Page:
A couple of weeks ago I managed to get my first deployment of executables to work with Microsoft Intune. This approach not only allows for deployment of EXE files but also MSI files alongside other files like DLL, CAB and MSP files. Basically building a deployment package that can be distributed by using Microsoft Intune and Microsoft Azure blob storage. The solution is not the most beautiful in the world by far, but it seems to do the job which is the important part until Microsoft provides a better solution for the community.
The solution is using a combination of Microsoft Azure blob storage and the newly introduced PowerShell script support in Intune (Also known as Project Sidecar). We will be able to use a PowerShell scripted deployment on the clients like many admins have done for many years in Active Directory using either a Batch, VBScript or PowerShell in Group Policies.
The PowerShell scripts showned in this article are intentionally fairly basic, but you can add your own logic into the script to check for whether the software is already installed, previous installations or any pre-requistes on the client.
<Will be posted at a later time…. >
- You need a Microsoft Azure Subscription for using Azure Storage Account
- You are using Windows 10 version 1607 or later
- You have a Microsoft Intune subscription
- Device needs to be Azure AD Joined
The following steps provides guidence on how to configure your Azure storage account for storing your setup files.
- Create a Microsoft Azure Storage Account.
- Within the newly created storage account create a new “container”.
- Upload the Installer/Package you need to deploy.
- Create a new “Shared Access Signature“.
- Combine this SAS with the URL for your package and test that you can download the package with your package from a browser. ex. https://intune.blob.core.windows.net/installers/DropboxEnterprise.exe?sv=2017-04-17&ss=b&srt=sco&sp=rl&se=2067-11-21T20:40:45Z&st=2017-11-21T09:40:45Z&spr=https&sig=NhEIL2IZwmq3hEzG1svw%2BYHwk%3D.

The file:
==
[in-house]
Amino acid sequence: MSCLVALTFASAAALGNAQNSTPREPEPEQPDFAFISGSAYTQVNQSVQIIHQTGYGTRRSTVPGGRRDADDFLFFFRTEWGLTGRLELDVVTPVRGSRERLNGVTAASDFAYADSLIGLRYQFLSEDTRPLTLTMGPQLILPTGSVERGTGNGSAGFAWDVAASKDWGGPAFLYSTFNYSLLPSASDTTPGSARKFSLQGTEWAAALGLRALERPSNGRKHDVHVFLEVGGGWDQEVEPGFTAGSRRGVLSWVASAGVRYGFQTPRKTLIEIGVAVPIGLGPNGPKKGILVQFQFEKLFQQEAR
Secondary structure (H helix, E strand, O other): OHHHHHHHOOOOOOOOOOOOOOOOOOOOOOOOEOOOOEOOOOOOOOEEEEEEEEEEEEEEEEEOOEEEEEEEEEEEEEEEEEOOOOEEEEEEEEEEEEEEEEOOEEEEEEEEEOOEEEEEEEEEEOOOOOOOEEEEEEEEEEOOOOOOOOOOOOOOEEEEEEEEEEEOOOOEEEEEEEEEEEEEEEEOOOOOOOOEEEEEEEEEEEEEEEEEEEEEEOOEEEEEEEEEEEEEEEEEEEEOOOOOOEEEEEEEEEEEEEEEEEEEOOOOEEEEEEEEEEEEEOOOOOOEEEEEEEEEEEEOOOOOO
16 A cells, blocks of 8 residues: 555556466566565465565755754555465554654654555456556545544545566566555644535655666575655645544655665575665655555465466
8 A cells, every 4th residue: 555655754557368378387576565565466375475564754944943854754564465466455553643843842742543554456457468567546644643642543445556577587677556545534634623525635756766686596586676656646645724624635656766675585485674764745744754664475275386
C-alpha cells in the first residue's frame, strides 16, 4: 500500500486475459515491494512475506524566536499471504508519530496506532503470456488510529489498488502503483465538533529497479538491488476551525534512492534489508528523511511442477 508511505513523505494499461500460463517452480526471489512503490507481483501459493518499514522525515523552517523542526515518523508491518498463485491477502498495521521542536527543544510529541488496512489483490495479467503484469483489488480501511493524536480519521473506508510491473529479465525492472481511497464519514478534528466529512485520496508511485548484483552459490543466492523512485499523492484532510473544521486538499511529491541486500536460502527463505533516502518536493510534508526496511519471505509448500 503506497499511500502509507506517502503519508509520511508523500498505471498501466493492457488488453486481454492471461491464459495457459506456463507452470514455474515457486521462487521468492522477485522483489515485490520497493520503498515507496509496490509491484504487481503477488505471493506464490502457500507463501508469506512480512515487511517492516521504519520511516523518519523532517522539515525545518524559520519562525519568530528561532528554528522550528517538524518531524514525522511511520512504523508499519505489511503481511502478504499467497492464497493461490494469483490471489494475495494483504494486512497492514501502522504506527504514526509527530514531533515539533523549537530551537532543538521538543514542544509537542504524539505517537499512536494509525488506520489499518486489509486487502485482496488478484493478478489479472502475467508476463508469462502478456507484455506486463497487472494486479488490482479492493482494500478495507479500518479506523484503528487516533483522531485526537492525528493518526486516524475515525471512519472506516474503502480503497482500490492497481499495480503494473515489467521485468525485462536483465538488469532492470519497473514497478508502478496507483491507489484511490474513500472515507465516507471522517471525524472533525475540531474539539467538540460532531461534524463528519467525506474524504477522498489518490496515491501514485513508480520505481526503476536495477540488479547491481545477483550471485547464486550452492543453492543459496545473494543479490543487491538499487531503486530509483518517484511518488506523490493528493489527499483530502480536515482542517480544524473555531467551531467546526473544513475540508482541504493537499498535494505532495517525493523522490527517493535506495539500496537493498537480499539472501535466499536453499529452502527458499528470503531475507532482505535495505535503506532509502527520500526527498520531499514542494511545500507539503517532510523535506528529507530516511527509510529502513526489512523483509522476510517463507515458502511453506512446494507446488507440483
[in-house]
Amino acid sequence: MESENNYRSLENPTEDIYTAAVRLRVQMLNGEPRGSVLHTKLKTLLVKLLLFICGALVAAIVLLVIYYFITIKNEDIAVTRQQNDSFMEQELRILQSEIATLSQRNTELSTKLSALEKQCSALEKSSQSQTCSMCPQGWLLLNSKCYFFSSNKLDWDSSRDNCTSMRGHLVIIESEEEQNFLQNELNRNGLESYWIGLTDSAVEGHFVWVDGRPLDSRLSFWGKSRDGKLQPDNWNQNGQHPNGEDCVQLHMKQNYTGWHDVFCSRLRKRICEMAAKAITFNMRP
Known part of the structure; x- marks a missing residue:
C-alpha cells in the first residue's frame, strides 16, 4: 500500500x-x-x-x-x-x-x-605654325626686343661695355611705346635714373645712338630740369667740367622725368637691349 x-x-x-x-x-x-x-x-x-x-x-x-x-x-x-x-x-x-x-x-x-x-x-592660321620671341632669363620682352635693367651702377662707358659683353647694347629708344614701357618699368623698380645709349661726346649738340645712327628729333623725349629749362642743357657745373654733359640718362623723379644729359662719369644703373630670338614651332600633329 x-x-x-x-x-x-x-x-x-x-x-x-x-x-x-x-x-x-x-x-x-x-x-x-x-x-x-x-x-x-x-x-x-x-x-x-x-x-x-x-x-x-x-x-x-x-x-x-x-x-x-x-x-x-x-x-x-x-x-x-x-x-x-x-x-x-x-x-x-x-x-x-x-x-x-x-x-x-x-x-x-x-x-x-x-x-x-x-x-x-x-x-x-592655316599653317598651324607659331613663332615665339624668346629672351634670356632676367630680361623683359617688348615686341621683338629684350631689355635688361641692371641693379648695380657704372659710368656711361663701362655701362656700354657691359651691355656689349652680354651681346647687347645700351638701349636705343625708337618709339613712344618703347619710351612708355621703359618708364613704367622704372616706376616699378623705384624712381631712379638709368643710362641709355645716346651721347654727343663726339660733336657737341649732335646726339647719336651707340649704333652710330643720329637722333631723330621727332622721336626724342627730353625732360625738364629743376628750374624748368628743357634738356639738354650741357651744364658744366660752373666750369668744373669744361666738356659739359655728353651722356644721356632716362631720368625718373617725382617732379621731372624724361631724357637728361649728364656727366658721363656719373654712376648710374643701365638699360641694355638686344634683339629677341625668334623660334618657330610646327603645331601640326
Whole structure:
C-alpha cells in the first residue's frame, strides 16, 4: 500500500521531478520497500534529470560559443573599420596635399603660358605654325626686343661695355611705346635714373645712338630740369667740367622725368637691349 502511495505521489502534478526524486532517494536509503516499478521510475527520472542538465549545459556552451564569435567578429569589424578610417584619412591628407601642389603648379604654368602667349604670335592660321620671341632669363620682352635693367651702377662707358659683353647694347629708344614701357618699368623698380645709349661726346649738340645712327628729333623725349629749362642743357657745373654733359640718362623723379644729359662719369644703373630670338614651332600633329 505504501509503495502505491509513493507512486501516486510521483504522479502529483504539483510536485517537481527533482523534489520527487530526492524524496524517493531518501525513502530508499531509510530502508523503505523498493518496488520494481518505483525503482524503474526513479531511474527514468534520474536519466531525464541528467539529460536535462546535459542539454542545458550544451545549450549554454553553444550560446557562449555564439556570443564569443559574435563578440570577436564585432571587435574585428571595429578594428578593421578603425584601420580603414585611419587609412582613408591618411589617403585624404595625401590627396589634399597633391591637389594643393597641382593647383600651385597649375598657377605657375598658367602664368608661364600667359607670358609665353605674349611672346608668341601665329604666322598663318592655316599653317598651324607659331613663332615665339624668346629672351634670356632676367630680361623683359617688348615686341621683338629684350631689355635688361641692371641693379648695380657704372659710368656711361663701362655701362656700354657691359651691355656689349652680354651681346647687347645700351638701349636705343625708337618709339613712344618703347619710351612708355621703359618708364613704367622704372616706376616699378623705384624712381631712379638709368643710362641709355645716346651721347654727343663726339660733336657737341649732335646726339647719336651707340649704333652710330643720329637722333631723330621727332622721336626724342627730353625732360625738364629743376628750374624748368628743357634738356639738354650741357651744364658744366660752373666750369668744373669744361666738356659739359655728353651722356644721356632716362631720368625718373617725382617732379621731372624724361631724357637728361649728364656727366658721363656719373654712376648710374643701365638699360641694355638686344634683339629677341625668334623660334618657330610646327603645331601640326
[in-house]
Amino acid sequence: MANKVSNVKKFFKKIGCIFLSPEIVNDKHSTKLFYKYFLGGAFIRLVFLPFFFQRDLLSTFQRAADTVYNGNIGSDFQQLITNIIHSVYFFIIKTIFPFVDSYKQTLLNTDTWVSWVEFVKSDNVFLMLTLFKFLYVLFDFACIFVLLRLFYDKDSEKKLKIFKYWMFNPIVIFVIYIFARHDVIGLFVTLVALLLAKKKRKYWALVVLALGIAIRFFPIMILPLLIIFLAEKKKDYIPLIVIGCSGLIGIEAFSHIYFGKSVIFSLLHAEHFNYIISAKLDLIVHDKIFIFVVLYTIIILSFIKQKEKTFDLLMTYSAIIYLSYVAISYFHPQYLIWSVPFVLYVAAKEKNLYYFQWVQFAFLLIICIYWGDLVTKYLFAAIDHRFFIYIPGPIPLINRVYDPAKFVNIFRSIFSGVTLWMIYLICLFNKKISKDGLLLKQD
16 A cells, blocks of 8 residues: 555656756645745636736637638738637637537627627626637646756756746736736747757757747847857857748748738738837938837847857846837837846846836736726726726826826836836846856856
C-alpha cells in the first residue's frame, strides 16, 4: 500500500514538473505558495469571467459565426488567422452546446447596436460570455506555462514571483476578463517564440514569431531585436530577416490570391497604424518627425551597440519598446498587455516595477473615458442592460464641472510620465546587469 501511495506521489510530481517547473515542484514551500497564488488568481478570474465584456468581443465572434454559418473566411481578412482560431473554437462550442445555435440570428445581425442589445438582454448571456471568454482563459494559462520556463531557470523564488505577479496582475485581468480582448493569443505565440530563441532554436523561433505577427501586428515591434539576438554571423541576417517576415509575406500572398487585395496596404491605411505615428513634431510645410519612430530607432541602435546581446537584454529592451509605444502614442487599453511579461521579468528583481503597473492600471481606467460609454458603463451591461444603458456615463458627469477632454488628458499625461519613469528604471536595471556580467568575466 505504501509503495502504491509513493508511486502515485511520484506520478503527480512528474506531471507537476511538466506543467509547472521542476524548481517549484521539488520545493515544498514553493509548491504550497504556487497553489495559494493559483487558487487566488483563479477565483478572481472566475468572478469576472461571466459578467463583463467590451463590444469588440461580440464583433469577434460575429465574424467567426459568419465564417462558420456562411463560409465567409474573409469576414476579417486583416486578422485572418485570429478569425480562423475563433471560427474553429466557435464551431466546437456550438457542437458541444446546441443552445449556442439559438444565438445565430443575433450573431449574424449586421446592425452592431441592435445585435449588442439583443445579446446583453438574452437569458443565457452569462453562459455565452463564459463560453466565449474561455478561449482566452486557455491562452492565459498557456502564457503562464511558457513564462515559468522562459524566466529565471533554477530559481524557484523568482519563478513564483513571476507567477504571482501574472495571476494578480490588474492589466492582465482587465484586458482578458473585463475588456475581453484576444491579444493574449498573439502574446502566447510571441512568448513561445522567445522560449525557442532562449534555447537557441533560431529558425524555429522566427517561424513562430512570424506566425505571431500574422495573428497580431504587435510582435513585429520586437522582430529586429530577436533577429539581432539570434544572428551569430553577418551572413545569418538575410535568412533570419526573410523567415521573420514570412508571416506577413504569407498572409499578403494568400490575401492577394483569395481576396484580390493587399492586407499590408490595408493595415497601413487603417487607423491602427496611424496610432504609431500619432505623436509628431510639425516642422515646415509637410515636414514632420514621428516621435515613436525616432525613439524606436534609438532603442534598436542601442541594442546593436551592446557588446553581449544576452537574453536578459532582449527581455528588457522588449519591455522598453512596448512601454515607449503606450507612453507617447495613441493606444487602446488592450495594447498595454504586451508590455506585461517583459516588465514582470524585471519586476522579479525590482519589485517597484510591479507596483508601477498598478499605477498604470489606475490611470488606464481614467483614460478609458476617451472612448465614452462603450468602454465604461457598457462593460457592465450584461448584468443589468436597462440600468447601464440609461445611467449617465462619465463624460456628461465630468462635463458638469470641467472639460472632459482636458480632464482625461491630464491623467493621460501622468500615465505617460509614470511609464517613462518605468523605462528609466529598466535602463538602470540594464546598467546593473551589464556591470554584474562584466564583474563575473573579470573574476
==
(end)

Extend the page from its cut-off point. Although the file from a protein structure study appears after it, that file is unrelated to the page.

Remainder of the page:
- Modify either the PowerShell script for single file executable deployment or package deployment witih multiple files.
- Import the script into Microsoft Intune PowerShell script.
- Assign the PowerShell script to a group.
- Wait for the magic to happen on the clients.
Dropbox PowerShell Script example:
$Path = $env:TEMP
$Installer = "dropbox_installer.exe"
Invoke-WebRequest "https://intune.blob.core.windows.net/installers/DropboxEnterprise.exe?sv=2017-04-17&ss=b&srt=sco&sp=rl&se=2067-11-21T20:40:45Z&st=2017-11-21T09:40:45Z&spr=https&sig=NhEIL2IZwmq3hEzG1svw%2BYHwk%3D" -OutFile $Path\$Installer
Start-Process -FilePath $Path\$Installer -Args "/S" -Verb RunAs -Wait
Other examples can be found here:
- Install Dropbox (Single file)
- Install SilverLight (Single file)
- Install Microsoft Cloud App Discovery Endpoint Agent (Package)
For the solution to work as expected you need to have the “Microsoft Intune Management Extension” installed on the client. The extension is automatic installed by Microsoft Intune and should be in “App/Remove Programs”. You can see that Microsoft Intune will download a temporary copy of the PowerShell script to the folder “C:\Program Files (x86)\Microsoft Intune Management Extension\Policies\Script” during execution of the PowerShell.
You should also take a look at the blog post by Oliver Kieselbach: https://oliverkieselbach.wordpress.com/2017/11/29/deep-dive-microsoft-intune-management-extension-powershell-scripts/.
A BIG THANKS for some great input to Per Larsen.
Peter van der Woude made a greate article on Chocolatey: “Combining the powers of the Intune Management Extension and Chocolatey”
Aaron Parker wrote a blog post on deployment of the Citrix Receiver: “Deploy Citrix Receiver to Windows 10 with Intune and PowerShell”
Another approach would be to use NuGet packages and deploy them using Chocolatey as mentioned by both Per Larsen and Lars Krogh.
I store my packages in gitlab. The nuget packages include binaries for the install. This will give me source and version control + backup. The packages gets pushed to https://t.co/p6sWKlnQem, if tests succeed (Pester) (you could also use azurewebsites).
— Lars Krogh (@OSDTips) December 12, 2017